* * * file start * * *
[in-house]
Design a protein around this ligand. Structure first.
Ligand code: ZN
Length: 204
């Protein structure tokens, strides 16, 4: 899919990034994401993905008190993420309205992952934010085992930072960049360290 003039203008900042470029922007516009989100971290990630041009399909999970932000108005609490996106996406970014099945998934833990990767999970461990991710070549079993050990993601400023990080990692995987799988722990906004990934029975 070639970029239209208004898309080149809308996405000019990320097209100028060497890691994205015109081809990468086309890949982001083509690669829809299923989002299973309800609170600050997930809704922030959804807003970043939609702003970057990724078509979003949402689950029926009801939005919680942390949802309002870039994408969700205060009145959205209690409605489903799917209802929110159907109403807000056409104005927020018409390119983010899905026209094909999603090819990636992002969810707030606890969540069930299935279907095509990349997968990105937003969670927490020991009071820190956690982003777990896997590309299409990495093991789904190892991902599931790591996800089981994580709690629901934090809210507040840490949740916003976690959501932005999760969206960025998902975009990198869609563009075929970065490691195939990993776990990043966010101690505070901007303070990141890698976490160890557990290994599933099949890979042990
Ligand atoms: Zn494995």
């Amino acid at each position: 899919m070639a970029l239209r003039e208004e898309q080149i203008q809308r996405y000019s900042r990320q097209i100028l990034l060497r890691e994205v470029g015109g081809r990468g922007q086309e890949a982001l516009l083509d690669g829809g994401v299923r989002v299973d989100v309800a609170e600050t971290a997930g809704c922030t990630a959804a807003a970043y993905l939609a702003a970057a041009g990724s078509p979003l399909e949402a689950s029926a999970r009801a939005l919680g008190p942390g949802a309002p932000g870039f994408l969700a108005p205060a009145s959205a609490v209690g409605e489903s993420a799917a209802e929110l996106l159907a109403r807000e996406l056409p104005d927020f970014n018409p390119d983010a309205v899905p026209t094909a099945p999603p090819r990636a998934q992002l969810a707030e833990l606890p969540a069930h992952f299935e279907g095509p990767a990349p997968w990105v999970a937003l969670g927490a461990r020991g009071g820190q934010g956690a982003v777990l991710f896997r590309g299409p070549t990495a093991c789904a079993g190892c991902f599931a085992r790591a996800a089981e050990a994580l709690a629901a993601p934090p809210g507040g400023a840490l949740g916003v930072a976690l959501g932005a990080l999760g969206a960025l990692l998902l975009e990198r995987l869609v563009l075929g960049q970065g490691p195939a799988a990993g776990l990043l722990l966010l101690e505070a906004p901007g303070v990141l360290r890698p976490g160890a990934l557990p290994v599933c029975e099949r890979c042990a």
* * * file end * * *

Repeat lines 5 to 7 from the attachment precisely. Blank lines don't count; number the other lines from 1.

């Protein structure tokens, strides 16, 4: 899919990034994401993905008190993420309205992952934010085992930072960049360290 003039203008900042470029922007516009989100971290990630041009399909999970932000108005609490996106996406970014099945998934833990990767999970461990991710070549079993050990993601400023990080990692995987799988722990906004990934029975 070639970029239209208004898309080149809308996405000019990320097209100028060497890691994205015109081809990468086309890949982001083509690669829809299923989002299973309800609170600050997930809704922030959804807003970043939609702003970057990724078509979003949402689950029926009801939005919680942390949802309002870039994408969700205060009145959205209690409605489903799917209802929110159907109403807000056409104005927020018409390119983010899905026209094909999603090819990636992002969810707030606890969540069930299935279907095509990349997968990105937003969670927490020991009071820190956690982003777990896997590309299409990495093991789904190892991902599931790591996800089981994580709690629901934090809210507040840490949740916003976690959501932005999760969206960025998902975009990198869609563009075929970065490691195939990993776990990043966010101690505070901007303070990141890698976490160890557990290994599933099949890979042990
Ligand atoms: Zn494995």
């Amino acid at each position: 899919m070639a970029l239209r003039e208004e898309q080149i203008q809308r996405y000019s900042r990320q097209i100028l990034l060497r890691e994205v470029g015109g081809r990468g922007q086309e890949a982001l516009l083509d690669g829809g994401v299923r989002v299973d989100v309800a609170e600050t971290a997930g809704c922030t990630a959804a807003a970043y993905l939609a702003a970057a041009g990724s078509p979003l399909e949402a689950s029926a999970r009801a939005l919680g008190p942390g949802a309002p932000g870039f994408l969700a108005p205060a009145s959205a609490v209690g409605e489903s993420a799917a209802e929110l996106l159907a109403r807000e996406l056409p104005d927020f970014n018409p390119d983010a309205v899905p026209t094909a099945p999603p090819r990636a998934q992002l969810a707030e833990l606890p969540a069930h992952f299935e279907g095509p990767a990349p997968w990105v999970a937003l969670g927490a461990r020991g009071g820190q934010g956690a982003v777990l991710f896997r590309g299409p070549t990495a093991c789904a079993g190892c991902f599931a085992r790591a996800a089981e050990a994580l709690a629901a993601p934090p809210g507040g400023a840490l949740g916003v930072a976690l959501g932005a990080l999760g969206a960025l990692l998902l975009e990198r995987l869609v563009l075929g960049q970065g490691p195939a799988a990993g776990l990043l722990l966010l101690e505070a906004p901007g303070v990141l360290r890698p976490g160890a990934l557990p290994v599933c029975e099949r890979c042990a």